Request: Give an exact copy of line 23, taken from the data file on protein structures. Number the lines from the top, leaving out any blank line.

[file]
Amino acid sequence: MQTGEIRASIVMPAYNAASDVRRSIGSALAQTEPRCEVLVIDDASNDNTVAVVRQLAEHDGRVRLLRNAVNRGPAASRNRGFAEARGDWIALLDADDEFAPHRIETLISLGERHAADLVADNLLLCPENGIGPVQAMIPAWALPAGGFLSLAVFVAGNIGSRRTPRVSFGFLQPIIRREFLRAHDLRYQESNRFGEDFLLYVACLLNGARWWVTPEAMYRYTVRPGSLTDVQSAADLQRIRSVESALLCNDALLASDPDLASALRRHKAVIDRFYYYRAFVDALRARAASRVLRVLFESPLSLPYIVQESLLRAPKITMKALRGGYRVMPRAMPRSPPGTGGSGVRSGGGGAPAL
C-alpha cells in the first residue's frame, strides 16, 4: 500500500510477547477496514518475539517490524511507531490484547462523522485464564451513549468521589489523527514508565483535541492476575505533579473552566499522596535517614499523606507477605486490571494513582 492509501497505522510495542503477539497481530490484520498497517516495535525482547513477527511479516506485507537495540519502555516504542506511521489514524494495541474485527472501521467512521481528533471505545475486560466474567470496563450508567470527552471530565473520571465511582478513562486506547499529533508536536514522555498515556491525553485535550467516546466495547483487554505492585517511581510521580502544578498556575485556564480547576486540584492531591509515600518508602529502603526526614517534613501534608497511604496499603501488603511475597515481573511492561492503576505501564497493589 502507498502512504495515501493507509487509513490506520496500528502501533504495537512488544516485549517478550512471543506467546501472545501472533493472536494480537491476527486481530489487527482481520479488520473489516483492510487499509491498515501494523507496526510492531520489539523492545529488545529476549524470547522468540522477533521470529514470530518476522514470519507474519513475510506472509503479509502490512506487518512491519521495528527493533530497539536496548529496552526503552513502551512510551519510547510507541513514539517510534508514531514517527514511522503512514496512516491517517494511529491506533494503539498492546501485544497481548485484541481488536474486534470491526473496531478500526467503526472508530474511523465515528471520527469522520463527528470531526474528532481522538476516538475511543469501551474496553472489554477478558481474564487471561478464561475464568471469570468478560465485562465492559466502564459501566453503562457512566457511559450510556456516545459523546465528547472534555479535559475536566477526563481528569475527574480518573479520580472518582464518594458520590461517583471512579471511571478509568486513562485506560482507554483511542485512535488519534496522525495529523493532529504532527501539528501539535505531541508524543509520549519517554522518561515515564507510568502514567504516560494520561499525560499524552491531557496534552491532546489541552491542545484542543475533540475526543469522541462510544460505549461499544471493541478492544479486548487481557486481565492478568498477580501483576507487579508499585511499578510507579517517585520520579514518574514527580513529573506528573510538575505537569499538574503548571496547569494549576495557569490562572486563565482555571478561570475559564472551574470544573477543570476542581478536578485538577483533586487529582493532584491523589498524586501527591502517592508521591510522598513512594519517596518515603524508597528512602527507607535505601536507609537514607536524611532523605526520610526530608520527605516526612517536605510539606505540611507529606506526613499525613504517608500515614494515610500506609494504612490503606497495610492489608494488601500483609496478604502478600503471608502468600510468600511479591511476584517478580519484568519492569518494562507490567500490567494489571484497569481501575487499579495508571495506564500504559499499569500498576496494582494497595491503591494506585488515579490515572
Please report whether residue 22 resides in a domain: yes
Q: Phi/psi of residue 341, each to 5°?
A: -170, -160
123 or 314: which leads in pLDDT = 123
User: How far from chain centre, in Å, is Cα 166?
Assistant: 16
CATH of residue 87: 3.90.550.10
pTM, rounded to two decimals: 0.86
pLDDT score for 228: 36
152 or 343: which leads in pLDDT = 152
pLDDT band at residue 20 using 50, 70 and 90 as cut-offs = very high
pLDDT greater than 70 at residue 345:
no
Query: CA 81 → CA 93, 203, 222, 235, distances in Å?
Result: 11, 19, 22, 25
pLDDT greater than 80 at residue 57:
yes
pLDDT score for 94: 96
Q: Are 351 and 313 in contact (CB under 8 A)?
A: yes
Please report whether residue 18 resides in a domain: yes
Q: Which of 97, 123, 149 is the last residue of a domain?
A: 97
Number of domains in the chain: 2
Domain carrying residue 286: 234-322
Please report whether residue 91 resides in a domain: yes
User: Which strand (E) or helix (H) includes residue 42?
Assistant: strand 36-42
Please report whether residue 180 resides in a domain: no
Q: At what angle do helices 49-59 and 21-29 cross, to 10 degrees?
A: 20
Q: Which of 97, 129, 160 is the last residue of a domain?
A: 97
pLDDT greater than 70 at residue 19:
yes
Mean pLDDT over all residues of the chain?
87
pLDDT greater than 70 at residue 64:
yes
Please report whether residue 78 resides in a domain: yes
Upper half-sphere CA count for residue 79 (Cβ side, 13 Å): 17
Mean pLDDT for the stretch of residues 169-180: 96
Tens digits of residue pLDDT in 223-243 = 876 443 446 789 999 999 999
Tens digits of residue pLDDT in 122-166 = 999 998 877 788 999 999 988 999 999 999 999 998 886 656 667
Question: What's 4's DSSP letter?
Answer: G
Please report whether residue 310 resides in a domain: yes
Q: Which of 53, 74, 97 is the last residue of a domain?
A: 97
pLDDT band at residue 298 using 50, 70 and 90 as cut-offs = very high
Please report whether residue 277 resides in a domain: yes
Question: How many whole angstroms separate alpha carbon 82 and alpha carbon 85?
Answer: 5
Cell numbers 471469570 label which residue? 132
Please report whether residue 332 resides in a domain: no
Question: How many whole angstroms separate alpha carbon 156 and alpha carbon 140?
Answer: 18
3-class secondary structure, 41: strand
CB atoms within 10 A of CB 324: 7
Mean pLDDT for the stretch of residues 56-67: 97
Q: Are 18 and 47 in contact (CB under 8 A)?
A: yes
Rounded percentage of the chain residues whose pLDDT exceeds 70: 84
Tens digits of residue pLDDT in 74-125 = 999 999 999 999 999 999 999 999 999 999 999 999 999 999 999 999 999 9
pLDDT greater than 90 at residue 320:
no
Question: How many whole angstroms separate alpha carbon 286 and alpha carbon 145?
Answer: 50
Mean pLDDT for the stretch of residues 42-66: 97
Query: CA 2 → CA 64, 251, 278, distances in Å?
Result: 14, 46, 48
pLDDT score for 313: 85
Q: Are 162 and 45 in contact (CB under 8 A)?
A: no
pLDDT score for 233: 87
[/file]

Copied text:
Please report whether residue 18 resides in a domain: yes